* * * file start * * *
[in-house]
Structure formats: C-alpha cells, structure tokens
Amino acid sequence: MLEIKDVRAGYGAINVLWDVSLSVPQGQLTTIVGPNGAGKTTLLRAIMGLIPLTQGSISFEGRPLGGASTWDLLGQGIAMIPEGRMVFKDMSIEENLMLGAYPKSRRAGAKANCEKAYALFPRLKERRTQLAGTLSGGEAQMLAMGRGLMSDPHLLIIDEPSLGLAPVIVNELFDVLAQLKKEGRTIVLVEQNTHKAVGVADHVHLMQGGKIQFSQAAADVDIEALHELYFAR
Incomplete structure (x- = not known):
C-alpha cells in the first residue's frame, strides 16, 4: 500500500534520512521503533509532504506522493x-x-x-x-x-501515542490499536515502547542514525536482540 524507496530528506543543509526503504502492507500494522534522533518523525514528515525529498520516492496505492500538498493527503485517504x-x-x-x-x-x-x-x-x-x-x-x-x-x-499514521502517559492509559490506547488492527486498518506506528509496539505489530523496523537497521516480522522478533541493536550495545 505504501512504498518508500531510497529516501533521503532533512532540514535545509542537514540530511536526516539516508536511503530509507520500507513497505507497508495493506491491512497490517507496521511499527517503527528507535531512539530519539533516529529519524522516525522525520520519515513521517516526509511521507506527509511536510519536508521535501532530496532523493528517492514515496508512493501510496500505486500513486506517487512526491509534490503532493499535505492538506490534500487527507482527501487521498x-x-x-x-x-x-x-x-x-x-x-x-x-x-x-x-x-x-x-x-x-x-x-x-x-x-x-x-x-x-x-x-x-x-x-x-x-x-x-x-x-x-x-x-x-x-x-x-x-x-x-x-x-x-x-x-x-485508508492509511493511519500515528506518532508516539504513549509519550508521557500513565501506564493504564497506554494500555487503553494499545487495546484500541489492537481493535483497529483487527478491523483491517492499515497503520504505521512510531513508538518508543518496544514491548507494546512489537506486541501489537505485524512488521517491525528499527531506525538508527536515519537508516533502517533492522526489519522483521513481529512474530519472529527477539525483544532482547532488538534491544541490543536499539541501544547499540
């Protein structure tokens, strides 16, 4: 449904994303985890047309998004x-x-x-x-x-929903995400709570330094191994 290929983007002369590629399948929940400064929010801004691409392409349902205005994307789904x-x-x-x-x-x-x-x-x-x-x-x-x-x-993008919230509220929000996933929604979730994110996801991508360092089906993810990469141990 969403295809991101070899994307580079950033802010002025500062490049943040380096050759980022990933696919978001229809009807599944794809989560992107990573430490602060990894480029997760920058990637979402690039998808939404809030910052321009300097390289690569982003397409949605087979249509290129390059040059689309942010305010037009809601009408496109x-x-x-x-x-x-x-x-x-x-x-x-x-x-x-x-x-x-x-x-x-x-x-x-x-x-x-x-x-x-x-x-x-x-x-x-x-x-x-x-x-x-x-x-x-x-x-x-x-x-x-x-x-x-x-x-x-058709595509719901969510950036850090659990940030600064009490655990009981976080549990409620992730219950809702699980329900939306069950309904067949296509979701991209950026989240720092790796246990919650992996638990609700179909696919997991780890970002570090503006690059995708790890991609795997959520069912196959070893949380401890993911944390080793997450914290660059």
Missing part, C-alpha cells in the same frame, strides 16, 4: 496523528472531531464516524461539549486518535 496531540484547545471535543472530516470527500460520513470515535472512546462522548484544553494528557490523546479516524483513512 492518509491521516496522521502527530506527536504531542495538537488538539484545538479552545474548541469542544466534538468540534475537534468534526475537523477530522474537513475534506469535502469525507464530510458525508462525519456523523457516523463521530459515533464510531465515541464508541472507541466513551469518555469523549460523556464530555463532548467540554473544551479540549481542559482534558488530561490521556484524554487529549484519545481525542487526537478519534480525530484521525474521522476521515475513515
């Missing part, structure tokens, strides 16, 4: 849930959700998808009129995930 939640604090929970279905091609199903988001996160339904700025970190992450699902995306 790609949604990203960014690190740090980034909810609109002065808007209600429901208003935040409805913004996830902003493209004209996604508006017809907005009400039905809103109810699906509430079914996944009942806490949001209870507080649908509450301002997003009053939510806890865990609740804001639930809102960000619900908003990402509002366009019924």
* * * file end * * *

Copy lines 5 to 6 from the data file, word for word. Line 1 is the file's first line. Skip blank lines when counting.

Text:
C-alpha cells in the first residue's frame, strides 16, 4: 500500500534520512521503533509532504506522493x-x-x-x-x-501515542490499536515502547542514525536482540 524507496530528506543543509526503504502492507500494522534522533518523525514528515525529498520516492496505492500538498493527503485517504x-x-x-x-x-x-x-x-x-x-x-x-x-x-499514521502517559492509559490506547488492527486498518506506528509496539505489530523496523537497521516480522522478533541493536550495545 505504501512504498518508500531510497529516501533521503532533512532540514535545509542537514540530511536526516539516508536511503530509507520500507513497505507497508495493506491491512497490517507496521511499527517503527528507535531512539530519539533516529529519524522516525522525520520519515513521517516526509511521507506527509511536510519536508521535501532530496532523493528517492514515496508512493501510496500505486500513486506517487512526491509534490503532493499535505492538506490534500487527507482527501487521498x-x-x-x-x-x-x-x-x-x-x-x-x-x-x-x-x-x-x-x-x-x-x-x-x-x-x-x-x-x-x-x-x-x-x-x-x-x-x-x-x-x-x-x-x-x-x-x-x-x-x-x-x-x-x-x-x-485508508492509511493511519500515528506518532508516539504513549509519550508521557500513565501506564493504564497506554494500555487503553494499545487495546484500541489492537481493535483497529483487527478491523483491517492499515497503520504505521512510531513508538518508543518496544514491548507494546512489537506486541501489537505485524512488521517491525528499527531506525538508527536515519537508516533502517533492522526489519522483521513481529512474530519472529527477539525483544532482547532488538534491544541490543536499539541501544547499540
């Protein structure tokens, strides 16, 4: 449904994303985890047309998004x-x-x-x-x-929903995400709570330094191994 290929983007002369590629399948929940400064929010801004691409392409349902205005994307789904x-x-x-x-x-x-x-x-x-x-x-x-x-x-993008919230509220929000996933929604979730994110996801991508360092089906993810990469141990 969403295809991101070899994307580079950033802010002025500062490049943040380096050759980022990933696919978001229809009807599944794809989560992107990573430490602060990894480029997760920058990637979402690039998808939404809030910052321009300097390289690569982003397409949605087979249509290129390059040059689309942010305010037009809601009408496109x-x-x-x-x-x-x-x-x-x-x-x-x-x-x-x-x-x-x-x-x-x-x-x-x-x-x-x-x-x-x-x-x-x-x-x-x-x-x-x-x-x-x-x-x-x-x-x-x-x-x-x-x-x-x-x-x-058709595509719901969510950036850090659990940030600064009490655990009981976080549990409620992730219950809702699980329900939306069950309904067949296509979701991209950026989240720092790796246990919650992996638990609700179909696919997991780890970002570090503006690059995708790890991609795997959520069912196959070893949380401890993911944390080793997450914290660059």